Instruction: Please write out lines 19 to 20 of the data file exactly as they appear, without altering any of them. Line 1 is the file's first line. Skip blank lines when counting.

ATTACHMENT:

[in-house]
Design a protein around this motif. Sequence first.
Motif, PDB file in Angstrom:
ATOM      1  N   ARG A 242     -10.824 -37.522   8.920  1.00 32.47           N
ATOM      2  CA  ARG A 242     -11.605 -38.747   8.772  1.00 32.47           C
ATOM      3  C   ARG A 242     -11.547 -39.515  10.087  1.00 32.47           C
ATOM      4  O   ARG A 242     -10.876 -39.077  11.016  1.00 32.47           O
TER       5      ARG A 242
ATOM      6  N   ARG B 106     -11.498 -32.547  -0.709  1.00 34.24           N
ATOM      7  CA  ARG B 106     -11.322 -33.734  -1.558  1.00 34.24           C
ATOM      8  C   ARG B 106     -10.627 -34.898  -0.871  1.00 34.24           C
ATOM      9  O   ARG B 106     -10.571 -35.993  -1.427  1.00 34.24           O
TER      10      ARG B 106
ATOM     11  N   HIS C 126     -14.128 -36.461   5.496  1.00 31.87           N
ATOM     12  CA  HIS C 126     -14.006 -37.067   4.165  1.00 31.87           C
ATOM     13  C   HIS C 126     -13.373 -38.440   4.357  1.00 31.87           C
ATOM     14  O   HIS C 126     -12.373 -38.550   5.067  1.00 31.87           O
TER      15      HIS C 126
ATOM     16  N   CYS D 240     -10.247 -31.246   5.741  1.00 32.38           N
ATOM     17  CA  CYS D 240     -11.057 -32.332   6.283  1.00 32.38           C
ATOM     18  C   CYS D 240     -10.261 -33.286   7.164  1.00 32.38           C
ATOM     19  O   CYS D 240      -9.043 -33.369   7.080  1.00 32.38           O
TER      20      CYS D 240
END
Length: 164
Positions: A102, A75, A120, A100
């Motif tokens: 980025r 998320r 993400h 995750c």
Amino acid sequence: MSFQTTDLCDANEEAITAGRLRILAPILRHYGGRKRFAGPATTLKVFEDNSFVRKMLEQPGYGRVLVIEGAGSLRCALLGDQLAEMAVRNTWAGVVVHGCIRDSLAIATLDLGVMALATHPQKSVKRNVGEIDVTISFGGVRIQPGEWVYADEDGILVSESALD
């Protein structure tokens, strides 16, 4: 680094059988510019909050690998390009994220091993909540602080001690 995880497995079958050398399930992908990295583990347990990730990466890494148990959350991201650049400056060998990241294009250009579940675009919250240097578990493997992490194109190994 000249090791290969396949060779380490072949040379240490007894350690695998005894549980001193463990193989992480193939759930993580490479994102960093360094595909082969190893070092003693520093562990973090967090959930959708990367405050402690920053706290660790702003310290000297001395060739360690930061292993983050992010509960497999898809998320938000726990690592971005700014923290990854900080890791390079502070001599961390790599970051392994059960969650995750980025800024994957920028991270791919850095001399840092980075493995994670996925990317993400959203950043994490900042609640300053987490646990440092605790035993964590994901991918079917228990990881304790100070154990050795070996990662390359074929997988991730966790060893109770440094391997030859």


ATOM     16  N   CYS D 240     -10.247 -31.246   5.741  1.00 32.38           N
ATOM     17  CA  CYS D 240     -11.057 -32.332   6.283  1.00 32.38           C